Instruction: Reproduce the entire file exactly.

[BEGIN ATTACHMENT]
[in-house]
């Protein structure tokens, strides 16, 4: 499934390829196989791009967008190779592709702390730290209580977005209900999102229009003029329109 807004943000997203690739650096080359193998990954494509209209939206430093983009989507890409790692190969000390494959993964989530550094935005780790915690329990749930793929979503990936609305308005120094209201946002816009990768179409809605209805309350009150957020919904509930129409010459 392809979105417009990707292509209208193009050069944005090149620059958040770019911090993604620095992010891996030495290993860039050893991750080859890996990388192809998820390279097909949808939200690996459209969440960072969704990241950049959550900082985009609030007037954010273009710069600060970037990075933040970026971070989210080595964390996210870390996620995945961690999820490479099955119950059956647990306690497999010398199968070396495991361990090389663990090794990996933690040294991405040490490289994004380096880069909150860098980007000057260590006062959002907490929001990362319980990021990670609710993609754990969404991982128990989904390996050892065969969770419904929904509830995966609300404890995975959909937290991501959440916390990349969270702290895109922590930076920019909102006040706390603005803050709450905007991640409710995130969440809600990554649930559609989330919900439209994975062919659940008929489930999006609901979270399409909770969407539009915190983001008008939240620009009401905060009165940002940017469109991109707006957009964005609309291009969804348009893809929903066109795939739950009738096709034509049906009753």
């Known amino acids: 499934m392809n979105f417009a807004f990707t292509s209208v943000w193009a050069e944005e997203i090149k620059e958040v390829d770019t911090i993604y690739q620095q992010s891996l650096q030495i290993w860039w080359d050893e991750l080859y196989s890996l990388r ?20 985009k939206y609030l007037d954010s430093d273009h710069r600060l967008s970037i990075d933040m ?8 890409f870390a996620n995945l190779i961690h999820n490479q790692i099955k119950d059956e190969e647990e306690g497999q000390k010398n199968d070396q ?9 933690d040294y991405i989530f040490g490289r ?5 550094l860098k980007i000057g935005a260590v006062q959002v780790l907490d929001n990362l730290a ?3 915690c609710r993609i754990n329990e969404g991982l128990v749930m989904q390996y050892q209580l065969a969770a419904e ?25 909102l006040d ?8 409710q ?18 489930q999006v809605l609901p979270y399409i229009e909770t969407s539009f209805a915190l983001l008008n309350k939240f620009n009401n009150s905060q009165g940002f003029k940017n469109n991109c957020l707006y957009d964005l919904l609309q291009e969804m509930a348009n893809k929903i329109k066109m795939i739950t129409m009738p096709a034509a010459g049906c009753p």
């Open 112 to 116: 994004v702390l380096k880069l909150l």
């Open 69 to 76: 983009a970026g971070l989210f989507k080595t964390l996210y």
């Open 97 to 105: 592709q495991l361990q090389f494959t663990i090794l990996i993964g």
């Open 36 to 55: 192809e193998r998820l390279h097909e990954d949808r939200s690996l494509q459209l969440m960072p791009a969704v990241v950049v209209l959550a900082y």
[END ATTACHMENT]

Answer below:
[in-house]
């Protein structure tokens, strides 16, 4: 499934390829196989791009967008190779592709702390730290209580977005209900999102229009003029329109 807004943000997203690739650096080359193998990954494509209209939206430093983009989507890409790692190969000390494959993964989530550094935005780790915690329990749930793929979503990936609305308005120094209201946002816009990768179409809605209805309350009150957020919904509930129409010459 392809979105417009990707292509209208193009050069944005090149620059958040770019911090993604620095992010891996030495290993860039050893991750080859890996990388192809998820390279097909949808939200690996459209969440960072969704990241950049959550900082985009609030007037954010273009710069600060970037990075933040970026971070989210080595964390996210870390996620995945961690999820490479099955119950059956647990306690497999010398199968070396495991361990090389663990090794990996933690040294991405040490490289994004380096880069909150860098980007000057260590006062959002907490929001990362319980990021990670609710993609754990969404991982128990989904390996050892065969969770419904929904509830995966609300404890995975959909937290991501959440916390990349969270702290895109922590930076920019909102006040706390603005803050709450905007991640409710995130969440809600990554649930559609989330919900439209994975062919659940008929489930999006609901979270399409909770969407539009915190983001008008939240620009009401905060009165940002940017469109991109707006957009964005609309291009969804348009893809929903066109795939739950009738096709034509049906009753």
């Known amino acids: 499934m392809n979105f417009a807004f990707t292509s209208v943000w193009a050069e944005e997203i090149k620059e958040v390829d770019t911090i993604y690739q620095q992010s891996l650096q030495i290993w860039w080359d050893e991750l080859y196989s890996l990388r ?20 985009k939206y609030l007037d954010s430093d273009h710069r600060l967008s970037i990075d933040m ?8 890409f870390a996620n995945l190779i961690h999820n490479q790692i099955k119950d059956e190969e647990e306690g497999q000390k010398n199968d070396q ?9 933690d040294y991405i989530f040490g490289r ?5 550094l860098k980007i000057g935005a260590v006062q959002v780790l907490d929001n990362l730290a ?3 915690c609710r993609i754990n329990e969404g991982l128990v749930m989904q390996y050892q209580l065969a969770a419904e ?25 909102l006040d ?8 409710q ?18 489930q999006v809605l609901p979270y399409i229009e909770t969407s539009f209805a915190l983001l008008n309350k939240f620009n009401n009150s905060q009165g940002f003029k940017n469109n991109c957020l707006y957009d964005l919904l609309q291009e969804m509930a348009n893809k929903i329109k066109m795939i739950t129409m009738p096709a034509a010459g049906c009753p």
């Open 112 to 116: 994004v702390l380096k880069l909150l």
């Open 69 to 76: 983009a970026g971070l989210f989507k080595t964390l996210y």
């Open 97 to 105: 592709q495991l361990q090389f494959t663990i090794l990996i993964g």
């Open 36 to 55: 192809e193998r998820l390279h097909e990954d949808r939200s690996l494509q459209l969440m960072p791009a969704v990241v950049v209209l959550a900082y």